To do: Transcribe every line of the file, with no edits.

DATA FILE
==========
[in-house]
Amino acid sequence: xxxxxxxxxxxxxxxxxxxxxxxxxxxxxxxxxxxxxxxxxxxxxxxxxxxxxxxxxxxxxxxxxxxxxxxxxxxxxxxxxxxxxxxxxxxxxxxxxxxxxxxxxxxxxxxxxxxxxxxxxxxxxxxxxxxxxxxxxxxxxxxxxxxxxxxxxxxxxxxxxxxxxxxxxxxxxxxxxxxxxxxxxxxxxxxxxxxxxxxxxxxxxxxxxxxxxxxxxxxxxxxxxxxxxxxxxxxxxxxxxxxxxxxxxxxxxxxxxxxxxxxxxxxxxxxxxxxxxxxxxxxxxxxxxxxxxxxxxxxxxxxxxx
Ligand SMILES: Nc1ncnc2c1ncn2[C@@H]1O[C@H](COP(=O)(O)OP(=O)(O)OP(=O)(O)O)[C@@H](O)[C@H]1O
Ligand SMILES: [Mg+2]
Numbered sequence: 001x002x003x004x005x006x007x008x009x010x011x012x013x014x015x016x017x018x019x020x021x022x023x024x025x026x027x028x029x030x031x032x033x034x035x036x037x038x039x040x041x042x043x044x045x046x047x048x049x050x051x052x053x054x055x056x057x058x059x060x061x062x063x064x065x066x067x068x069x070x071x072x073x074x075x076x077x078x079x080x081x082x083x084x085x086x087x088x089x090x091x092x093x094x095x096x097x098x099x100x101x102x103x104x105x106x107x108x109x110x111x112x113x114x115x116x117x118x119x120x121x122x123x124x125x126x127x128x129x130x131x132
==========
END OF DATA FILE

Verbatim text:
[in-house]
Amino acid sequence: xxxxxxxxxxxxxxxxxxxxxxxxxxxxxxxxxxxxxxxxxxxxxxxxxxxxxxxxxxxxxxxxxxxxxxxxxxxxxxxxxxxxxxxxxxxxxxxxxxxxxxxxxxxxxxxxxxxxxxxxxxxxxxxxxxxxxxxxxxxxxxxxxxxxxxxxxxxxxxxxxxxxxxxxxxxxxxxxxxxxxxxxxxxxxxxxxxxxxxxxxxxxxxxxxxxxxxxxxxxxxxxxxxxxxxxxxxxxxxxxxxxxxxxxxxxxxxxxxxxxxxxxxxxxxxxxxxxxxxxxxxxxxxxxxxxxxxxxxxxxxxxxxx
Ligand SMILES: Nc1ncnc2c1ncn2[C@@H]1O[C@H](COP(=O)(O)OP(=O)(O)OP(=O)(O)O)[C@@H](O)[C@H]1O
Ligand SMILES: [Mg+2]
Numbered sequence: 001x002x003x004x005x006x007x008x009x010x011x012x013x014x015x016x017x018x019x020x021x022x023x024x025x026x027x028x029x030x031x032x033x034x035x036x037x038x039x040x041x042x043x044x045x046x047x048x049x050x051x052x053x054x055x056x057x058x059x060x061x062x063x064x065x066x067x068x069x070x071x072x073x074x075x076x077x078x079x080x081x082x083x084x085x086x087x088x089x090x091x092x093x094x095x096x097x098x099x100x101x102x103x104x105x106x107x108x109x110x111x112x113x114x115x116x117x118x119x120x121x122x123x124x125x126x127x128x129x130x131x132